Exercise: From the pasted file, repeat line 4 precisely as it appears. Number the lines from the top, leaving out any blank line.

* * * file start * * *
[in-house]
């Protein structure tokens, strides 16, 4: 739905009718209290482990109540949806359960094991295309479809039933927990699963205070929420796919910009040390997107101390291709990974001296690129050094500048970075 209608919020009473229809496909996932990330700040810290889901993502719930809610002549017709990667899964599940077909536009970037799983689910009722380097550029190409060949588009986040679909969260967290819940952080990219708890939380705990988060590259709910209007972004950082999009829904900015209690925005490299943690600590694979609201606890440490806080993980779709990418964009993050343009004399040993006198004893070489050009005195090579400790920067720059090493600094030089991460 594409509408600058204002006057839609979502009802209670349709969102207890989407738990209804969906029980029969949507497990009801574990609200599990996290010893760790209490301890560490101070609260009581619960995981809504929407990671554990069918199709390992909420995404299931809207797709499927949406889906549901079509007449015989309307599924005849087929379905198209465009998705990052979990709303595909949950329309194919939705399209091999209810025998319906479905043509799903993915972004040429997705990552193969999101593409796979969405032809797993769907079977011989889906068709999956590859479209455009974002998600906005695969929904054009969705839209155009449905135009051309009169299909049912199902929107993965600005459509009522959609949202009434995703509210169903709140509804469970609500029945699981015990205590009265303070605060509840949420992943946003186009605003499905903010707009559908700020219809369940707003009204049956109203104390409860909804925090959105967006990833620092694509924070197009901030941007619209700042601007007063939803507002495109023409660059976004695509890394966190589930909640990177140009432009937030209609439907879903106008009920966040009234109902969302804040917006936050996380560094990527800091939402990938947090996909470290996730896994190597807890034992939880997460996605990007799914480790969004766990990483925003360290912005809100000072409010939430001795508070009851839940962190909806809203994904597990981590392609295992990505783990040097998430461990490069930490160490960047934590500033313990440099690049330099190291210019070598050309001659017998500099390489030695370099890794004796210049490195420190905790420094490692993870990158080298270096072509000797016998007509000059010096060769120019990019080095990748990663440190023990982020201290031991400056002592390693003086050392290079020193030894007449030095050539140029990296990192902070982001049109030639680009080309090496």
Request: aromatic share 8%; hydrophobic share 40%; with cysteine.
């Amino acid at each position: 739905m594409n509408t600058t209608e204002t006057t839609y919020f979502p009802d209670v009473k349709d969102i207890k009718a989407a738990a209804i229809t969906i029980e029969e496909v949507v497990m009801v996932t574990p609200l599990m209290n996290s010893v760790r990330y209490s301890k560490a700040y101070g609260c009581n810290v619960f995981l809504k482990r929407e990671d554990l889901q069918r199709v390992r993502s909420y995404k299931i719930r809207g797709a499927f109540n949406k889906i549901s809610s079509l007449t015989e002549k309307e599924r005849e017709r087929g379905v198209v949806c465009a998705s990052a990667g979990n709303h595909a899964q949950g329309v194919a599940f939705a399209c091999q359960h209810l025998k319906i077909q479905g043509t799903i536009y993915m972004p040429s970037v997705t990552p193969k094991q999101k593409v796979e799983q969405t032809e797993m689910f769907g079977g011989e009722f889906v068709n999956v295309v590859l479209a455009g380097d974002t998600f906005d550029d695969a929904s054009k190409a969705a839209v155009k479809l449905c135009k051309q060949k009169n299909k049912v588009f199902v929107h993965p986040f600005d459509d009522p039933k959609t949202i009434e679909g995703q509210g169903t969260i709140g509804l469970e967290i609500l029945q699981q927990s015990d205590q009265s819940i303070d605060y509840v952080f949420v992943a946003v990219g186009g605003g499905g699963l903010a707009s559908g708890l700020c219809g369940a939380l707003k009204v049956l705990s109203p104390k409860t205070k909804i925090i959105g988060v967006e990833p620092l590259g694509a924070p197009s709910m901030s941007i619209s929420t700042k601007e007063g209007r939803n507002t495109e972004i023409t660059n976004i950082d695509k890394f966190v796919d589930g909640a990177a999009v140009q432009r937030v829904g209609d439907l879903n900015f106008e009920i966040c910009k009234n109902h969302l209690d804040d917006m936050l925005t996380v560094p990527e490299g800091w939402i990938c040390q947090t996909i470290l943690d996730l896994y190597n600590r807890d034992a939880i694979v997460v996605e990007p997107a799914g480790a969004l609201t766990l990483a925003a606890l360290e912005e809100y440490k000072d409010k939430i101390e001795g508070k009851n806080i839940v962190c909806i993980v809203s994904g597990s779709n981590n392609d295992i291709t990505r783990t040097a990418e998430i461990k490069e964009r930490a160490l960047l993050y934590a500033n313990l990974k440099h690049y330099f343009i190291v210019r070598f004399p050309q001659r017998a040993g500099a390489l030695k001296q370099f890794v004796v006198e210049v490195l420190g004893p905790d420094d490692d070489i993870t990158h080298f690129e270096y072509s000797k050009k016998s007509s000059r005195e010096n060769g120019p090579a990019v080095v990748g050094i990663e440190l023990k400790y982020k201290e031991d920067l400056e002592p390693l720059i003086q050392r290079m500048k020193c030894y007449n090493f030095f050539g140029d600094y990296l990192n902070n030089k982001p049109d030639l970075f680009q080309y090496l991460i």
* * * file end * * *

């Amino acid at each position: 739905m594409n509408t600058t209608e204002t006057t839609y919020f979502p009802d209670v009473k349709d969102i207890k009718a989407a738990a209804i229809t969906i029980e029969e496909v949507v497990m009801v996932t574990p609200l599990m209290n996290s010893v760790r990330y209490s301890k560490a700040y101070g609260c009581n810290v619960f995981l809504k482990r929407e990671d554990l889901q069918r199709v390992r993502s909420y995404k299931i719930r809207g797709a499927f109540n949406k889906i549901s809610s079509l007449t015989e002549k309307e599924r005849e017709r087929g379905v198209v949806c465009a998705s990052a990667g979990n709303h595909a899964q949950g329309v194919a599940f939705a399209c091999q359960h209810l025998k319906i077909q479905g043509t799903i536009y993915m972004p040429s970037v997705t990552p193969k094991q999101k593409v796979e799983q969405t032809e797993m689910f769907g079977g011989e009722f889906v068709n999956v295309v590859l479209a455009g380097d974002t998600f906005d550029d695969a929904s054009k190409a969705a839209v155009k479809l449905c135009k051309q060949k009169n299909k049912v588009f199902v929107h993965p986040f600005d459509d009522p039933k959609t949202i009434e679909g995703q509210g169903t969260i709140g509804l469970e967290i609500l029945q699981q927990s015990d205590q009265s819940i303070d605060y509840v952080f949420v992943a946003v990219g186009g605003g499905g699963l903010a707009s559908g708890l700020c219809g369940a939380l707003k009204v049956l705990s109203p104390k409860t205070k909804i925090i959105g988060v967006e990833p620092l590259g694509a924070p197009s709910m901030s941007i619209s929420t700042k601007e007063g209007r939803n507002t495109e972004i023409t660059n976004i950082d695509k890394f966190v796919d589930g909640a990177a999009v140009q432009r937030v829904g209609d439907l879903n900015f106008e009920i966040c910009k009234n109902h969302l209690d804040d917006m936050l925005t996380v560094p990527e490299g800091w939402i990938c040390q947090t996909i470290l943690d996730l896994y190597n600590r807890d034992a939880i694979v997460v996605e990007p997107a799914g480790a969004l609201t766990l990483a925003a606890l360290e912005e809100y440490k000072d409010k939430i101390e001795g508070k009851n806080i839940v962190c909806i993980v809203s994904g597990s779709n981590n392609d295992i291709t990505r783990t040097a990418e998430i461990k490069e964009r930490a160490l960047l993050y934590a500033n313990l990974k440099h690049y330099f343009i190291v210019r070598f004399p050309q001659r017998a040993g500099a390489l030695k001296q370099f890794v004796v006198e210049v490195l420190g004893p905790d420094d490692d070489i993870t990158h080298f690129e270096y072509s000797k050009k016998s007509s000059r005195e010096n060769g120019p090579a990019v080095v990748g050094i990663e440190l023990k400790y982020k201290e031991d920067l400056e002592p390693l720059i003086q050392r290079m500048k020193c030894y007449n090493f030095f050539g140029d600094y990296l990192n902070n030089k982001p049109d030639l970075f680009q080309y090496l991460i």